An artist draws when she puts pen to paper. Any line—the first one, the next one, any one—becomes a part of the scene. That line may have begun as calestenics for the wrist and fingers or it may have been deliberate, but the artist incorporates it in the end. Even when they don’t include the first line, they sketch around it reducing it’s impact and rendering inconsequential. Each stroke and overstroke, each tick and bend, each smudge and erasure contributes.
A writer must edit their lines. They must excise false starts. They must hide away their practice. Even from themselves.
And then they must talk out of their asses.
Over the weekend I heard a bit of a pre-game radio show. The hosts interviewed a college football player who’d injured his ankle and stayed out of a couple of game. The young man attributed his return to hard work, prayer, and the influence of God on his doctors. He said that God spoke to the people involved in his recovery. God told them how best to care for him in order to get him back on the field. The player considered what a life without football might mean to him, but not seriously because he had faith God would restore his ankle. Today he would play!
I guess I’m cynical.
I think we’ve all heard this story in one form or another. This version avoided the he’ll-never-walk-again cliché, in fact, it’s brief freshness derived from it’s understatement, but I had no doubt of the outcome and not much real interest along the way.
I guess I’m cynical.
I’m glad his story is common enough that he’ll never recognize what I’ve made of it. Or, maybe I’m glad his story is common enough that the story I have made of it will resonate with many players and fans. (Please note, I’ve not made a story. I’ve only so far had an idea I’ve not fleshed out). I wrote the logline in the shower or the rest of the drive home.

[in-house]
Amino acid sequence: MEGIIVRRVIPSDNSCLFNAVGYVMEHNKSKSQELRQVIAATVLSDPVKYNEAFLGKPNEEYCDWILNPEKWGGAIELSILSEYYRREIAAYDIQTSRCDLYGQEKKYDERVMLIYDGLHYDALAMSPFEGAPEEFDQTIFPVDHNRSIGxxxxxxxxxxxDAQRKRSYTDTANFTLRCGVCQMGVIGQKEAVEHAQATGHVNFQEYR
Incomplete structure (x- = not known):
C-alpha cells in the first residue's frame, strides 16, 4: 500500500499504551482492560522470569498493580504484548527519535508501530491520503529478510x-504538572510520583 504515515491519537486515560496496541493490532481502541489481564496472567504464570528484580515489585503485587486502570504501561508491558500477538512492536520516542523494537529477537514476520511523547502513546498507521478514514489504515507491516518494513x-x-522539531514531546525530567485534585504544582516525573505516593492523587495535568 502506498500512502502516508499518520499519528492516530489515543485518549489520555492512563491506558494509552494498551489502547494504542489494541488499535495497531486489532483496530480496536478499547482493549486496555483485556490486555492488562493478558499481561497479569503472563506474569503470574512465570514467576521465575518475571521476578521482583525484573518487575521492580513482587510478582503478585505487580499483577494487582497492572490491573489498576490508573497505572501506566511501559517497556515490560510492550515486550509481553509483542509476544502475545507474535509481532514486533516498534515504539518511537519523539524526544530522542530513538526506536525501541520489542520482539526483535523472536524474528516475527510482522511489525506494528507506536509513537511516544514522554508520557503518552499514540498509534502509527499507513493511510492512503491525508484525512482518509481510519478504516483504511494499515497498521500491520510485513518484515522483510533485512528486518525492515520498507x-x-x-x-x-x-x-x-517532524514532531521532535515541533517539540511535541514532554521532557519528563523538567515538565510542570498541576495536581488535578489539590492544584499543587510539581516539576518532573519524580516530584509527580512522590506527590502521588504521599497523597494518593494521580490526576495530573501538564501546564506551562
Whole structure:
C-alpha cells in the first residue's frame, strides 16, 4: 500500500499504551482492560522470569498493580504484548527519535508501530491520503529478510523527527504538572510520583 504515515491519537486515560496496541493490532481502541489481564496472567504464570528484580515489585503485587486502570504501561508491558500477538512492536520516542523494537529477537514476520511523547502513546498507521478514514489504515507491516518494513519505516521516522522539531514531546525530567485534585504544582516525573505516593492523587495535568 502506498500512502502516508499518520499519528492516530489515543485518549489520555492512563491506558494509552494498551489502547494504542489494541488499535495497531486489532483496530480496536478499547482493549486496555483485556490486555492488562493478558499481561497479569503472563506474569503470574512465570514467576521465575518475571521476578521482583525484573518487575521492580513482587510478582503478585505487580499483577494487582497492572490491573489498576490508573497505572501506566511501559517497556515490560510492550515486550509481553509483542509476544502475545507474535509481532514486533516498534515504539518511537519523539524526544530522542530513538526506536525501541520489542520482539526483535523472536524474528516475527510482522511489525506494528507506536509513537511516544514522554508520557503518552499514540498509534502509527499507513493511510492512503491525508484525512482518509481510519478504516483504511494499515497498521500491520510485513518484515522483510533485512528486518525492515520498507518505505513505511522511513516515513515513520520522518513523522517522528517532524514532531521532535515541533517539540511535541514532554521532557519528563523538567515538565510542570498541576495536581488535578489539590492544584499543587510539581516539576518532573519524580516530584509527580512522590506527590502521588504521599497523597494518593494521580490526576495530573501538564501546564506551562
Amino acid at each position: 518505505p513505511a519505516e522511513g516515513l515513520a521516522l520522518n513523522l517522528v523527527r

A skilled and savvy Oklahoma football player pretends to be a Christian to garner favor with fans and friends until he meets a coach who sees right through him…and doesn’t care.
A nice challenge I’ve thrown myself here since I barely know anything about either. Or at least I know what anyone might know from being on the outside of both. I know plenty well what being Christian is, but I don’t have the appropriate appreciation for it I’d need to write this story well. I don’t know what it means to proselytize or to blame all my successes on God. I don’t see how this story could be good without a better understanding of football than I hold right now. For me football is still a little like playing the slots; hiking the ball is like jacking the lever.
I like the several juxtapositions. I think he’d have to know more about Christianity to fake it than he would to be it. He’d need a reason to fall out with religion which would look like the reason he fell in. He’d have to have a stage to play on but look humble going about it. He have to feel contempt for the marks (fans, friends, fellow—but not fake—Christians) yet come off as genuine. Then he’d need a compelling reason to turn it all around personally. The story fails if he doesn’t face his sham publicly. Get denounced and never regain his credibility. Or only regain it through hard fought battle.
599 words on day 577